From the Journals

Sessile serrated colon polyps may be detectable noninvasively

 

Key clinical point: Sessile serrated polyps appear to arise from a single oncogenic mutation that can be detected noninvasively.

Major finding: A distinct DNA methylation signature can distinguish SSPs from adenomatous polyps.

Study details: Genomic and DNA methylation studies of biopsy samples from patients with SSPs and others with familial adenomatous polyps.

Disclosures: The study was supported by grants from the National Institutes of Health and the Howard Hughes Medical Institute. The authors declared no competing financial interests in the work.

Source: Dehghanizadeh S et al. PLOS One 13(3):e0192499.


 

PLOS ONE

Sessile serrated polyps (SSPs), notorious for being difficult to detect and for their potential to become malignant colorectal tumors, appear to be caused by a single oncogenic mutation, a finding that could lead to better early detection of some colorectal cancers through noninvasive stool testing, investigators say.

Using a comprehensive battery of genomic testing and DNA methylation profiling, David Jones, PhD, of the Oklahoma Medical Research Foundation in Oklahoma City and his colleagues compared SSPs with familial adenomatous polyps (FAPs), and found that the V600E mutation in BRAF (V-Raf Murine Sarcoma Viral Oncogene Homolog B) was the sole cancer-causing mutation in SSPs.

They also found a distinct DNA methylation pattern unique to SSPs.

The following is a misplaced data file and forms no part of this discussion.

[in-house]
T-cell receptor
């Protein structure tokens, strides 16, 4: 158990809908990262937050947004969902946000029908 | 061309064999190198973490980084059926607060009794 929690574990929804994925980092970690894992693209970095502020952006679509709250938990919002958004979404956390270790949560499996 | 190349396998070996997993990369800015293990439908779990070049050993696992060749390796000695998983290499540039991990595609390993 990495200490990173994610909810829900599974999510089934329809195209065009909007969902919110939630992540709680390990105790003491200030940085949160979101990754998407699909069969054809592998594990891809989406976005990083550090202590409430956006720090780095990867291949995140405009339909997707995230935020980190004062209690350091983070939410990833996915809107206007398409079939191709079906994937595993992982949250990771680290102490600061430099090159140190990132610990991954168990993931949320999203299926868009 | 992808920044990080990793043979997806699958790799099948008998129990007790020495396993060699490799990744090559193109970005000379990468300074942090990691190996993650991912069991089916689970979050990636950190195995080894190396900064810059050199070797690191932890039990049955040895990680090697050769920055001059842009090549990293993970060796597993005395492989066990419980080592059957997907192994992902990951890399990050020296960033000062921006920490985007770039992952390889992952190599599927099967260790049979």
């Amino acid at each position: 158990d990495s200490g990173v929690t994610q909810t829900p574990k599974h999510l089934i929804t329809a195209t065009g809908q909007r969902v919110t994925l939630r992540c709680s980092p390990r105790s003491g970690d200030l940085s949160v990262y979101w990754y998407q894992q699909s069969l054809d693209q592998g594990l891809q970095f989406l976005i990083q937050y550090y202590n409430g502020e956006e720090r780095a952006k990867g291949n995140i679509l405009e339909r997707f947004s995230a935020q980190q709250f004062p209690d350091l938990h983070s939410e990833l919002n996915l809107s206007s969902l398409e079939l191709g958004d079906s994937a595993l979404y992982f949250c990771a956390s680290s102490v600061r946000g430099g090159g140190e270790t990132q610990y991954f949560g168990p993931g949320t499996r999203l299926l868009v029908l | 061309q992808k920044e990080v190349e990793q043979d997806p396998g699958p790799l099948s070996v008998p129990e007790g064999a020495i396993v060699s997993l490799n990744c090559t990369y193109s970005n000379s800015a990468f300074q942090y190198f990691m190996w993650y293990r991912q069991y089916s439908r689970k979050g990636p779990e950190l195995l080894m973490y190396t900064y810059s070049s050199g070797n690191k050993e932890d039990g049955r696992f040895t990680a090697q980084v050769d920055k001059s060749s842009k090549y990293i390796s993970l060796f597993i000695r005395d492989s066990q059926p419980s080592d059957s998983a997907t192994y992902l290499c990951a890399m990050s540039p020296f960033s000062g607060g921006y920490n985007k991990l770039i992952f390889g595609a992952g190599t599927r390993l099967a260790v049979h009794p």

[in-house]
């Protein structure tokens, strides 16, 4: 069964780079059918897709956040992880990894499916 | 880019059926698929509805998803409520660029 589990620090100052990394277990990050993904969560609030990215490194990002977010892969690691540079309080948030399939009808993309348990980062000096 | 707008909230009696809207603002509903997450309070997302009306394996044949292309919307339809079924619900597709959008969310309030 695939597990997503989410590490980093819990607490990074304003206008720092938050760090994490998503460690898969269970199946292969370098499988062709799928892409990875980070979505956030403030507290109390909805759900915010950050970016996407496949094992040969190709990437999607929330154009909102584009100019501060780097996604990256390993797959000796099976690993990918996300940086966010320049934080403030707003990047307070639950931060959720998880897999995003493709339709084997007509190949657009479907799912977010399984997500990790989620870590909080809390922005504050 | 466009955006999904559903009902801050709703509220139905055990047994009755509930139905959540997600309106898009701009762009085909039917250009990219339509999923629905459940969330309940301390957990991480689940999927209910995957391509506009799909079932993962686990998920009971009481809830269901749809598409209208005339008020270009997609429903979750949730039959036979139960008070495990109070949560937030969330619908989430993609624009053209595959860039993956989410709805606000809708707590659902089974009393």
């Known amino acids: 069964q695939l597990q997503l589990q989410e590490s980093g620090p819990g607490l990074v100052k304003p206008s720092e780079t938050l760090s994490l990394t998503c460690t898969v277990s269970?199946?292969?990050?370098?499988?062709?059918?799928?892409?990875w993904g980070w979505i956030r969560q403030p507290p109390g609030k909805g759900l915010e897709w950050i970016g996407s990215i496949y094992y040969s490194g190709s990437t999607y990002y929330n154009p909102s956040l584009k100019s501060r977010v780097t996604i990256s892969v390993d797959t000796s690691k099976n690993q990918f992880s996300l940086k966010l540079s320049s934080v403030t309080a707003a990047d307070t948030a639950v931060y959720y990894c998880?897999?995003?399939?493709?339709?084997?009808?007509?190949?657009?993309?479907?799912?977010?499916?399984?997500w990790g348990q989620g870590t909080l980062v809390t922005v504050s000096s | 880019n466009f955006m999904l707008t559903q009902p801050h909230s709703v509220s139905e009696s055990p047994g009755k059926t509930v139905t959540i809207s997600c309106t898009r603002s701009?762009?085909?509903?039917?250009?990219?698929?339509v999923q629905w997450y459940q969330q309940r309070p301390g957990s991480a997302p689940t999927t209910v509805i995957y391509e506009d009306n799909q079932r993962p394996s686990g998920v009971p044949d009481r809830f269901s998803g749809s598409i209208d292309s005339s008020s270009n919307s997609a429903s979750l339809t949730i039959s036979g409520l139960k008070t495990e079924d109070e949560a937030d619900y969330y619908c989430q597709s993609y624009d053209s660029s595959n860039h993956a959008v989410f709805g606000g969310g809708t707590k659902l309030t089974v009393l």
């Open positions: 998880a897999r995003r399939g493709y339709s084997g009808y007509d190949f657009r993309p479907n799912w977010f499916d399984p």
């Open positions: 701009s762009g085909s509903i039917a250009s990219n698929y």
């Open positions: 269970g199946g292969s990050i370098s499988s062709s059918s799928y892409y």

“These SSP-specific methylation patterns effectively distinguish SSP from adenomatous polyps, which could be important for both diagnosis and treatment. It also suggests that the BRAF-V600E mutation directly or indirectly results in the remodeling of the epigenome and that this may set a stage for tumor progression,” they wrote in the open-access journal PLOS One.

Approximately one-third of sporadic colorectal cancers, which account for about 95% of all colorectal malignancies, are thought to arise from premalignant serrated lesions, including SSPs, hyperplastic polyps, and traditional serrated adenomas, the authors noted.

Although SSPs and traditional serrated adenomas both have significant potential for malignant transformation, SSPs are much more common, making them important targets for research, diagnosis, and possible interventions.

“Previous surveys of cancer-associated mutations in SSP samples, through targeted analysis of limited known mutations, identified the BRAF-V600E as the key mutation in this disease. However, it is not clear whether other mutations in the same samples contribute to the etiology of this disease,” Dr. Jones and his associates wrote.

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